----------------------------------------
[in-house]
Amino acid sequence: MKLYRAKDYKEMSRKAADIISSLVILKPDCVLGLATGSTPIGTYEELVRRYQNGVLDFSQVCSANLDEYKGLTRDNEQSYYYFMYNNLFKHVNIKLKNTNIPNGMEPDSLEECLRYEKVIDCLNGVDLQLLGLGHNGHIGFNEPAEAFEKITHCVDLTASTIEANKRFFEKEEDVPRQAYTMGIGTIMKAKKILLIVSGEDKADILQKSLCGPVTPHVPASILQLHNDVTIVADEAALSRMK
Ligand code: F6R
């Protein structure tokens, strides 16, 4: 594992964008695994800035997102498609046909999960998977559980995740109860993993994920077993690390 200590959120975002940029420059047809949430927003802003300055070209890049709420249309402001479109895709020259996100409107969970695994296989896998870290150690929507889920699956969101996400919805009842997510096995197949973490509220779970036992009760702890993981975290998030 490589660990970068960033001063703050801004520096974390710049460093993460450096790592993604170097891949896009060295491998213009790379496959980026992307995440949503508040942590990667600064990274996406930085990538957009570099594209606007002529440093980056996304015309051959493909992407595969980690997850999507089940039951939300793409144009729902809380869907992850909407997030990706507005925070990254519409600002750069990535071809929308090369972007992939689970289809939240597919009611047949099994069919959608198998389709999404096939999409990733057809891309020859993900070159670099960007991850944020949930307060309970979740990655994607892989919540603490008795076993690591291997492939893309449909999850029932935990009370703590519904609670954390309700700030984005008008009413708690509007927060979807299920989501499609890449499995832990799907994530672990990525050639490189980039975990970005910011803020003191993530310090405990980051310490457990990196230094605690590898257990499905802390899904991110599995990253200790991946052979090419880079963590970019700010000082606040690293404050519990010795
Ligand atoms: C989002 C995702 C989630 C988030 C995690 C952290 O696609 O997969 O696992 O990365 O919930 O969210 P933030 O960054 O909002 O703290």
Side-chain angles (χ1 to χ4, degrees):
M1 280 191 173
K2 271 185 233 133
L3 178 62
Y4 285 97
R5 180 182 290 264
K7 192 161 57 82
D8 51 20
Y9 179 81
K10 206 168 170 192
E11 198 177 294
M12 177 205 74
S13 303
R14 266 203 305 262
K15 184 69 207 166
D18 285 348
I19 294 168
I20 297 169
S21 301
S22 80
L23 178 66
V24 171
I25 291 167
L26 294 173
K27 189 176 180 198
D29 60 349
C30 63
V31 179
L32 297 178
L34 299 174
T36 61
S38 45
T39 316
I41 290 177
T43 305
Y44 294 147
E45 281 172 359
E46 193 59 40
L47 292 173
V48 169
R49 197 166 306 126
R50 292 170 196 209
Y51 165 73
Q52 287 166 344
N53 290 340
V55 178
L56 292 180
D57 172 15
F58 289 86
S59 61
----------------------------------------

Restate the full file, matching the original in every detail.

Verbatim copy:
[in-house]
Amino acid sequence: MKLYRAKDYKEMSRKAADIISSLVILKPDCVLGLATGSTPIGTYEELVRRYQNGVLDFSQVCSANLDEYKGLTRDNEQSYYYFMYNNLFKHVNIKLKNTNIPNGMEPDSLEECLRYEKVIDCLNGVDLQLLGLGHNGHIGFNEPAEAFEKITHCVDLTASTIEANKRFFEKEEDVPRQAYTMGIGTIMKAKKILLIVSGEDKADILQKSLCGPVTPHVPASILQLHNDVTIVADEAALSRMK
Ligand code: F6R
């Protein structure tokens, strides 16, 4: 594992964008695994800035997102498609046909999960998977559980995740109860993993994920077993690390 200590959120975002940029420059047809949430927003802003300055070209890049709420249309402001479109895709020259996100409107969970695994296989896998870290150690929507889920699956969101996400919805009842997510096995197949973490509220779970036992009760702890993981975290998030 490589660990970068960033001063703050801004520096974390710049460093993460450096790592993604170097891949896009060295491998213009790379496959980026992307995440949503508040942590990667600064990274996406930085990538957009570099594209606007002529440093980056996304015309051959493909992407595969980690997850999507089940039951939300793409144009729902809380869907992850909407997030990706507005925070990254519409600002750069990535071809929308090369972007992939689970289809939240597919009611047949099994069919959608198998389709999404096939999409990733057809891309020859993900070159670099960007991850944020949930307060309970979740990655994607892989919540603490008795076993690591291997492939893309449909999850029932935990009370703590519904609670954390309700700030984005008008009413708690509007927060979807299920989501499609890449499995832990799907994530672990990525050639490189980039975990970005910011803020003191993530310090405990980051310490457990990196230094605690590898257990499905802390899904991110599995990253200790991946052979090419880079963590970019700010000082606040690293404050519990010795
Ligand atoms: C989002 C995702 C989630 C988030 C995690 C952290 O696609 O997969 O696992 O990365 O919930 O969210 P933030 O960054 O909002 O703290």
Side-chain angles (χ1 to χ4, degrees):
M1 280 191 173
K2 271 185 233 133
L3 178 62
Y4 285 97
R5 180 182 290 264
K7 192 161 57 82
D8 51 20
Y9 179 81
K10 206 168 170 192
E11 198 177 294
M12 177 205 74
S13 303
R14 266 203 305 262
K15 184 69 207 166
D18 285 348
I19 294 168
I20 297 169
S21 301
S22 80
L23 178 66
V24 171
I25 291 167
L26 294 173
K27 189 176 180 198
D29 60 349
C30 63
V31 179
L32 297 178
L34 299 174
T36 61
S38 45
T39 316
I41 290 177
T43 305
Y44 294 147
E45 281 172 359
E46 193 59 40
L47 292 173
V48 169
R49 197 166 306 126
R50 292 170 196 209
Y51 165 73
Q52 287 166 344
N53 290 340
V55 178
L56 292 180
D57 172 15
F58 289 86
S59 61